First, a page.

Two parties of war and reaction
Hillary Clinton, Dick Cheney champion torture on eve of election
Bill Van Auken and SEP candidate for US Senate from New York
28 October 2006
Back-to-back statements by the most prominent figures in both the Democratic and Republican parties endorsing the use of torture make it clear that the unprecedented assault on democratic rights and the government’s recourse to criminal methods will continue after the November 7 midterm elections, no matter which party is victorious.
In an interview with a right-wing radio talk show host Tuesday, Vice President Dick Cheney publicly acknowledged that the Bush administration has utilized torture in the interrogation of so-called “enemy combatants” and said the decision to subject such detainees to the notorious practice of “waterboarding” was so obviously justified as to be a “no-brainer.”
In the interview, Scott Hennen of WDAY in Fargo, North Dakota, told Cheney that the station’s listeners had asked him to “let the vice president know that if it takes dunking a terrorist in water, we’re all for it, if it saves American lives.” He went on to describe the debate over this form of torture “silly” in the face of the supposed terrorist threat, and asked Cheney if he agreed.
Cheney concurred and described this form of interrogation as “a very important tool that we’ve had to be able to secure the nation.” The administration has repeatedly stated that its illegal torture methods have foiled planned terrorist attacks, but has presented no evidence to back up this claim and has brought no one to trial in connection with these supposed plots.
The interviewer followed up by asking the vice president, “Would you agree that a dunk in the water is a no-brainer if it can save lives.”
“It’s a no-brainer for me,” Cheney responded, “but for a while there I was criticized as being the vice president ‘for torture.’ We don’t torture.... But the fact is, you can have a fairly robust interrogation program without torture, and we need to be able to do that.”
Cheney’s claim that “we don’t torture” is a patent lie. Waterboarding is a form of torture in which a victim’s head is held under water or water is poured on a cloth held over the nose and mouth, simulating drowning and provoking the gagging reflex and panic. It is repeated until the subject agrees to talk.
This procedure is recognized internationally as a cruel and inhuman method constituting torture, and the US itself sentenced a Japanese soldier to 15 years in prison on war crimes charges for using the technique against an American prisoner of war. It has been banned by US law and explicitly repudiated by the military in the latest Army Field Manual.
The Cheney interview was conducted as part of an event that brought 42 radio hosts, the overwhelming majority of them right-wing, to broadcast live interviews with administration officials from a tent on the White House lawn. The general message was one of McCarthyite accusations against the administration’s political opponents and an effort to create a climate of fear in the face of ostensible terrorist threats in advance of the midterm elections.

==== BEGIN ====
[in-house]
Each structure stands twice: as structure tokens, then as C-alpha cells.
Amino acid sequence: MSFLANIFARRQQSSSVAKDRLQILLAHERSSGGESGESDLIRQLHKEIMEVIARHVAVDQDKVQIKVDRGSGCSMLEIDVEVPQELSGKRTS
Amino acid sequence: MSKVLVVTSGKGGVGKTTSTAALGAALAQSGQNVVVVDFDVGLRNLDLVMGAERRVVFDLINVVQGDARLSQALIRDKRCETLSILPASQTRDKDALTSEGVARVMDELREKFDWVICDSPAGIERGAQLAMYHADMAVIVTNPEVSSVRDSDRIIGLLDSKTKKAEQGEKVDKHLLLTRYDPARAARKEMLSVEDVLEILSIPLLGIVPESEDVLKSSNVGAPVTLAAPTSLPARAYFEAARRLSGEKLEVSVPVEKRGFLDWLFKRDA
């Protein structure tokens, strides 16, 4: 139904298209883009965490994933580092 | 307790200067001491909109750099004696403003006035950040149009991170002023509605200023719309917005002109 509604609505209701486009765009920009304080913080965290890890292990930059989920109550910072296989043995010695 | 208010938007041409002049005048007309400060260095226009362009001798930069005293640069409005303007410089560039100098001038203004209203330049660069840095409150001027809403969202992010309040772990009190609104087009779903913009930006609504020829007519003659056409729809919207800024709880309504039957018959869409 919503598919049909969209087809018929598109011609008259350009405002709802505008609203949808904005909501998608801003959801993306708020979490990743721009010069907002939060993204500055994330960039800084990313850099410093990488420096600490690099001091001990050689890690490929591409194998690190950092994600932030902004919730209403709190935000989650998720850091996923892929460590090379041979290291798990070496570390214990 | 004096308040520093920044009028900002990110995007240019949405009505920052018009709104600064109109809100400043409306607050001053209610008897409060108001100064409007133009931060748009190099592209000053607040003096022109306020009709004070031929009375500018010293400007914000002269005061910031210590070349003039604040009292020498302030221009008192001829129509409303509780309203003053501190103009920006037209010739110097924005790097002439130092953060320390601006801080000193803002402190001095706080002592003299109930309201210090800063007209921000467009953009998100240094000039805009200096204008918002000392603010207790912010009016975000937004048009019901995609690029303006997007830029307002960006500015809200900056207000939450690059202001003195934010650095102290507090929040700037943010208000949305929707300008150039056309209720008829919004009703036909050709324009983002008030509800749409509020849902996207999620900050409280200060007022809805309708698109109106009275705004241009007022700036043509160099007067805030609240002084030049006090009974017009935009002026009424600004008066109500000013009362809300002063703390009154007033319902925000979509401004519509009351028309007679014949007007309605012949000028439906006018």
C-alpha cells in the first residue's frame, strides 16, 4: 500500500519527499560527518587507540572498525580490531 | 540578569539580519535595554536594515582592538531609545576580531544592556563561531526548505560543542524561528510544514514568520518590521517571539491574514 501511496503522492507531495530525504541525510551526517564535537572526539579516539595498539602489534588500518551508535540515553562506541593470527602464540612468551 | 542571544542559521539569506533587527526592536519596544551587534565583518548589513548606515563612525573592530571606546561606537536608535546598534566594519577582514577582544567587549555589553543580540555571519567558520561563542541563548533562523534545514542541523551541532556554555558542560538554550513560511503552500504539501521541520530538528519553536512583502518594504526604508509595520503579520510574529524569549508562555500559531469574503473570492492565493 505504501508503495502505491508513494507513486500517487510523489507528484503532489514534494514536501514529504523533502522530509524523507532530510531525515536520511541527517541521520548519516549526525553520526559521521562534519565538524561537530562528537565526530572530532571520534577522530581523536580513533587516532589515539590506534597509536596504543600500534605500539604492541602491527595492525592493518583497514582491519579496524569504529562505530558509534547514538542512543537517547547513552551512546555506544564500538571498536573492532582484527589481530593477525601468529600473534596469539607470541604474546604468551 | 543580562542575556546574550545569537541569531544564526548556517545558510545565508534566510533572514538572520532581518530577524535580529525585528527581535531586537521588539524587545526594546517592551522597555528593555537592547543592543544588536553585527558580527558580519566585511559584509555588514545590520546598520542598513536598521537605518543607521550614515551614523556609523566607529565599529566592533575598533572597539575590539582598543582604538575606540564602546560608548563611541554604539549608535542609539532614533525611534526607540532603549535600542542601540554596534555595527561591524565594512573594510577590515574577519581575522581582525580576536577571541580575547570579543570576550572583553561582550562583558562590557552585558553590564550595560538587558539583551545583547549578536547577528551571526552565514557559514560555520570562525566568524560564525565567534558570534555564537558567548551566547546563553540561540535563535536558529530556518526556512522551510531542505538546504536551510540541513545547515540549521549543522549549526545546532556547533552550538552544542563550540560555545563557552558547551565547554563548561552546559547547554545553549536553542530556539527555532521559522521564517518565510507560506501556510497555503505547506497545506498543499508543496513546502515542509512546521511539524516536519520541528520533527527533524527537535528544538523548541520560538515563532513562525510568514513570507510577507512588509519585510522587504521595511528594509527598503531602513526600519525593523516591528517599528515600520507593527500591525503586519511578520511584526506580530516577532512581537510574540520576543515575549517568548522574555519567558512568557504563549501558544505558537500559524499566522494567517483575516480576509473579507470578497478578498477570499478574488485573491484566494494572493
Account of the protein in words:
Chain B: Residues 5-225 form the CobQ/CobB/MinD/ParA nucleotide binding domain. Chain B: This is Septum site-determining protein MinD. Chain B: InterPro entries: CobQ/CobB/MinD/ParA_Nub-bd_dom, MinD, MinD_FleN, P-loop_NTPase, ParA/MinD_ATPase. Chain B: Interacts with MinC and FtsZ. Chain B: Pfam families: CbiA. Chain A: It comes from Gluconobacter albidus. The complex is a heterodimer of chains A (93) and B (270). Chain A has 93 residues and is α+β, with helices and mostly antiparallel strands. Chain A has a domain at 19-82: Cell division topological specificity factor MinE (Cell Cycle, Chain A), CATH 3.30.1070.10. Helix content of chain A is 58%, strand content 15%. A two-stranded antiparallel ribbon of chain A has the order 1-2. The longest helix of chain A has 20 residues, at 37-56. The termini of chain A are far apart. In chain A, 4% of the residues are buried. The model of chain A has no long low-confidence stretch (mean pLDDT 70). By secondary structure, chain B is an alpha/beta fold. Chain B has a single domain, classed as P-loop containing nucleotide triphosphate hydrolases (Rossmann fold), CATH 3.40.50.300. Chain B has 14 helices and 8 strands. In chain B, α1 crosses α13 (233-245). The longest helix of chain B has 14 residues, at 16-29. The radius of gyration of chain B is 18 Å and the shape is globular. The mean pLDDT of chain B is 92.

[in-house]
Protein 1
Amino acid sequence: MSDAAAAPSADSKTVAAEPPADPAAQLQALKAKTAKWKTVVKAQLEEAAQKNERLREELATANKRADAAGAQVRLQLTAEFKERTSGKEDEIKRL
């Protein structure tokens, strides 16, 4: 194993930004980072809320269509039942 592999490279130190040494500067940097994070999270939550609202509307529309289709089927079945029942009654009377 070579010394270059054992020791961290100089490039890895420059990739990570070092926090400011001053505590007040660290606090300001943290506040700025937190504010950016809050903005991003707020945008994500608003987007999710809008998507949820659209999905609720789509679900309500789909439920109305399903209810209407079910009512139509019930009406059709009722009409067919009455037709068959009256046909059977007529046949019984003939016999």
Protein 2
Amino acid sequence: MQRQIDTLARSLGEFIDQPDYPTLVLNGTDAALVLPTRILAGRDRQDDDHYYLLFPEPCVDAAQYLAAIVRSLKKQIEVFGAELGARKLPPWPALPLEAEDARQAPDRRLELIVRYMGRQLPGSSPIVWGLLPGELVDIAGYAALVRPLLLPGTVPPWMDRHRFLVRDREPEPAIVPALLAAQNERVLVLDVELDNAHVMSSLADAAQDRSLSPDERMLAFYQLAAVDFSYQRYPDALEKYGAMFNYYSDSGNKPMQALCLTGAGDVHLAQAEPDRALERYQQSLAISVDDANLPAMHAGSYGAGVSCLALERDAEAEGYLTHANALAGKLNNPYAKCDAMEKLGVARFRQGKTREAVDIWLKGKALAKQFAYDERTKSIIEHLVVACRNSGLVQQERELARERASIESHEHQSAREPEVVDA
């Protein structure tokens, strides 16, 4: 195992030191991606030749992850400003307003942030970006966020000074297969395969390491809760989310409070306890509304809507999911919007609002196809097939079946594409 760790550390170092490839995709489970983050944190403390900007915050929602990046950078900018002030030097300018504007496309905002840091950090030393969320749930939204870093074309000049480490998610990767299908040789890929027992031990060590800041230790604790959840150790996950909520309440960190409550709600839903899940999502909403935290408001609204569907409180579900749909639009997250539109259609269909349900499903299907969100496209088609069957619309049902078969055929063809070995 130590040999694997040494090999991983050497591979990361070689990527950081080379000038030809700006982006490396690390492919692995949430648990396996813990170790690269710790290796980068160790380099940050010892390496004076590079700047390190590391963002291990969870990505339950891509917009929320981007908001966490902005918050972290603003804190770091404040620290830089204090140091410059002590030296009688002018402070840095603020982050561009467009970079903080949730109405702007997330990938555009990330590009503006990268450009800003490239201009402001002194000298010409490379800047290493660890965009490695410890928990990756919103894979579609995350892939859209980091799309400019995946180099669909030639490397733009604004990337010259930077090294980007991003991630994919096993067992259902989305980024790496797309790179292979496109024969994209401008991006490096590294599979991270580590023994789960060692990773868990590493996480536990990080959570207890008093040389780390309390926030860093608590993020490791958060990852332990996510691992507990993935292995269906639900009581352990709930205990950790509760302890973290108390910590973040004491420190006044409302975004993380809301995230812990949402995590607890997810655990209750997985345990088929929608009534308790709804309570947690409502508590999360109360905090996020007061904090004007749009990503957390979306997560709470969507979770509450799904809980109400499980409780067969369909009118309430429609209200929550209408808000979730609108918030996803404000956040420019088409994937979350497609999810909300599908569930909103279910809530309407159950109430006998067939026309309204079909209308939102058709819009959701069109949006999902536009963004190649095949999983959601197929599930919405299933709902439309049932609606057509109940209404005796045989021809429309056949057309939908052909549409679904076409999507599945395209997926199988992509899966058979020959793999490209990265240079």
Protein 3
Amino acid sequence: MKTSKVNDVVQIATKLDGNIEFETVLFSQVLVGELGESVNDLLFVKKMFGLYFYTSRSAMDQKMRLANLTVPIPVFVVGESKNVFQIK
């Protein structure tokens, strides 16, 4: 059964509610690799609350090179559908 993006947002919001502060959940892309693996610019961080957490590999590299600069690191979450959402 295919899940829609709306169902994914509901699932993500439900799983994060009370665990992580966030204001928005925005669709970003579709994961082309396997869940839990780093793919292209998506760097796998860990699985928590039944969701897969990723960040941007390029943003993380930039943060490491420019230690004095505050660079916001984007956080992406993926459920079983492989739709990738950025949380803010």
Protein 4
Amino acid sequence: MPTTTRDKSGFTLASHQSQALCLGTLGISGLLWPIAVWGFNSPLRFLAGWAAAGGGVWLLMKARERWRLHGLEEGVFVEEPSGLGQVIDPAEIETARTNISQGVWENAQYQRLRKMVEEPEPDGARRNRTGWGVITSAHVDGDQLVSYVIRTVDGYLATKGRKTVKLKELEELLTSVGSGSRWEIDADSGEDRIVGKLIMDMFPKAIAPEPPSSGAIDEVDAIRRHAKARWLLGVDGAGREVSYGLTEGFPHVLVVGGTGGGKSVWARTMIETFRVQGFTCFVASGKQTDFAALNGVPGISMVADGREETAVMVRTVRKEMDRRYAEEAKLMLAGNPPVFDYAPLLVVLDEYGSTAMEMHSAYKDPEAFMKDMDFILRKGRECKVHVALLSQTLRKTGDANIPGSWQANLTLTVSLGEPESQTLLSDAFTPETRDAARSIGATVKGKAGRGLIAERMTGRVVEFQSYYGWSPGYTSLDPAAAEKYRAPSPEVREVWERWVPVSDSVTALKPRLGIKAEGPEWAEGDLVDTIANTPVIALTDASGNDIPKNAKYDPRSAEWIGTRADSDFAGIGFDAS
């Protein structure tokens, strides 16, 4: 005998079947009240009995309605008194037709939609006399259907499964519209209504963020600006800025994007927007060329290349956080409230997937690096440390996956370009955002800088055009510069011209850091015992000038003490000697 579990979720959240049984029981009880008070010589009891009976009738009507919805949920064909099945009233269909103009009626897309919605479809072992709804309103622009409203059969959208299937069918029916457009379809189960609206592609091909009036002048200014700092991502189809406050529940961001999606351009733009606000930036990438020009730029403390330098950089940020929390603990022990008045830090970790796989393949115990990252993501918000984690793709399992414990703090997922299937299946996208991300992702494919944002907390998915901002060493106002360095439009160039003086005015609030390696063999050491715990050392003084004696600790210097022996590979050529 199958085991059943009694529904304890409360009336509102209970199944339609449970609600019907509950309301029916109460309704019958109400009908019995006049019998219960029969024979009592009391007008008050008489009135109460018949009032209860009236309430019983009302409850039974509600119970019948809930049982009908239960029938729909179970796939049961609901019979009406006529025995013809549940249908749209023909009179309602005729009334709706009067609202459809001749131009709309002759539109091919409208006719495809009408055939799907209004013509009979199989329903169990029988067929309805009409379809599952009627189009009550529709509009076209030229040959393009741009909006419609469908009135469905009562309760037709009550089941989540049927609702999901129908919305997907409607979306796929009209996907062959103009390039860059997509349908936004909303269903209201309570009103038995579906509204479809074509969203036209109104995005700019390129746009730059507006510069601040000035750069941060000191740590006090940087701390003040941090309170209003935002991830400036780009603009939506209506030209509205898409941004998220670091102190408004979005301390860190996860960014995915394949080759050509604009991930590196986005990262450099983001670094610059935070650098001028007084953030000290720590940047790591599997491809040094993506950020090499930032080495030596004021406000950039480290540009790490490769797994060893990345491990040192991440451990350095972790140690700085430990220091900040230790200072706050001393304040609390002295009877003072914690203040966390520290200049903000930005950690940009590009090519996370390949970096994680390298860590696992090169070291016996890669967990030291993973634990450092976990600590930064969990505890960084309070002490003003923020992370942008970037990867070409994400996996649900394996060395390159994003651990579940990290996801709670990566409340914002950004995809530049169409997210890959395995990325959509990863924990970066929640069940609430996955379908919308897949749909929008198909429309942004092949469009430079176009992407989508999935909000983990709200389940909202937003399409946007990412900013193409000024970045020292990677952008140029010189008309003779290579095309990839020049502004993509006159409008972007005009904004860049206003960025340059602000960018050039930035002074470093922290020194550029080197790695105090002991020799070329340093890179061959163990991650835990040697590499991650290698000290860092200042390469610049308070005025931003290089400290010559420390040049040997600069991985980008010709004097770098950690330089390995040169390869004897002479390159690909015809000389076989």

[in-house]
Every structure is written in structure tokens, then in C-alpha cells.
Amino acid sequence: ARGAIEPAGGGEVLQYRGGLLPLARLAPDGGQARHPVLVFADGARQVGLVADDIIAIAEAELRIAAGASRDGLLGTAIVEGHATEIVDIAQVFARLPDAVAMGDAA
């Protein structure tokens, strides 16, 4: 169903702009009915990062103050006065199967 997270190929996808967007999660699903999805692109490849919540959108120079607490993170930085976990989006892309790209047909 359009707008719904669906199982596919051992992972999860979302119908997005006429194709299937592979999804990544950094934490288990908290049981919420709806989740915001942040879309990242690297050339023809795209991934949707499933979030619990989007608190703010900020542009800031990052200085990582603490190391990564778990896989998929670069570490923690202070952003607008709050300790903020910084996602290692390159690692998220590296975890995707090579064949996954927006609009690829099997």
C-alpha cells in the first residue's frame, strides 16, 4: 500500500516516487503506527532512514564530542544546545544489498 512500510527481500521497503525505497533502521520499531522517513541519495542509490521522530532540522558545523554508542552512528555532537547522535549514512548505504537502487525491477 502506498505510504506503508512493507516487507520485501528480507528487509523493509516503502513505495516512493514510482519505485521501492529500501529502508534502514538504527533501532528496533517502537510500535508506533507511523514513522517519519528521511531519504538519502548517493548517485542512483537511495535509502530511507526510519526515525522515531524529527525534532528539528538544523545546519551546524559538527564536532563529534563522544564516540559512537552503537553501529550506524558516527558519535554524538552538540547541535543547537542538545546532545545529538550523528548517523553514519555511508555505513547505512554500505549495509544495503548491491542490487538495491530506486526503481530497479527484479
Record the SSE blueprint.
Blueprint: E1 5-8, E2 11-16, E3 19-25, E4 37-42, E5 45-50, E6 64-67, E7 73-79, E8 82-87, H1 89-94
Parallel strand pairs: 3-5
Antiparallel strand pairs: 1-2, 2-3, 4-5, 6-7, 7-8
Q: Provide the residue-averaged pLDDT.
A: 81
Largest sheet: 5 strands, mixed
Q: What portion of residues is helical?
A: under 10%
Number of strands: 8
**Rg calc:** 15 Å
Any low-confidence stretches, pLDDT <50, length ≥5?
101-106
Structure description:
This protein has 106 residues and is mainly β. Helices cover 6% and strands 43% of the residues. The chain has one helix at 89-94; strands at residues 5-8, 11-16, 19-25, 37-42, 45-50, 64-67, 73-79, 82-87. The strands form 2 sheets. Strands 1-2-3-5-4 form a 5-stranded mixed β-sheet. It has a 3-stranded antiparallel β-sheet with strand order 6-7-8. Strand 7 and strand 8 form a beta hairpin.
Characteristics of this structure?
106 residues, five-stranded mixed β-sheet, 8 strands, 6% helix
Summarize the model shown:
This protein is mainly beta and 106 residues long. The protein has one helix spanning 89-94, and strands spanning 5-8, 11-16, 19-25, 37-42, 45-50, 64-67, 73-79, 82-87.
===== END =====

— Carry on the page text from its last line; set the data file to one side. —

Thus, Cheney told Hennen that the defeat of incumbent Connecticut Senator Joseph Lieberman in the Democratic primary this summer had sent “a message to the terrorists overseas that their basic strategy of trying to break the will of the American people may, in fact, work.”
After declaring waterboarding a “no-brainer,” Cheney said, “Thanks to the leadership of the president now, and the action of Congress, we have the authority and we are able to continue the program.”
Cheney was referring to the 2006 Military Commissions Act, the sweeping legislation that creates a system of drumhead military tribunals and allows the president to lock up anyone as an “unlawful enemy combatant” on his sole say-so. Bush signed the measure into law October 17. The act represents the most serious attack on democratic rights constitutionally protected civil liberties in US history, for the first time repudiating the centuries-old right of habeas corpus, which bars arbitrary imprisonment, affirms that those detained must be duly charged in a court of law, and affords detainees the right to contest their imprisonment in court.
The law also cedes to the president the right to decide what interrogation techniques are lawful under the Geneva Conventions and US law, in effect giving the Bush administration a blank check to continue its torture methods.
It is clear from Cheney’s comments that the White House sees this act, passed by a substantial majority by both houses of Congress, as not only a license to torture, but an affirmation that the president as “commander-in-chief” has the power to do whatever he likes in the name of waging the so-called “global war on terror.”
But the creation of the legal framework for an authoritarian and repressive state, one that enshrines torture in its legal code, is not merely the project of the right-wing Republicans who run the Bush White House.
While feigning outrage over the 2006 Military Commissions Act and posing as defenders of civil liberties, the Democrats in Congress—a substantial number of whom voted for the measure in both houses—deliberately stood aside and allowed the measure to be passed.
The party’s leaders in the Senate entered into an agreement with the Republican leadership not to filibuster the act. The Democrats have utilized this legislative tactic on previous occasions over far less weighty issues than a bill that explicitly repudiates bedrock democratic rights and core principles of the US Constitution. The Democrats’ aim was to counter the Republicans’ election propaganda that the party is “soft on terrorism.”Hillary Clinton: a stomach for torture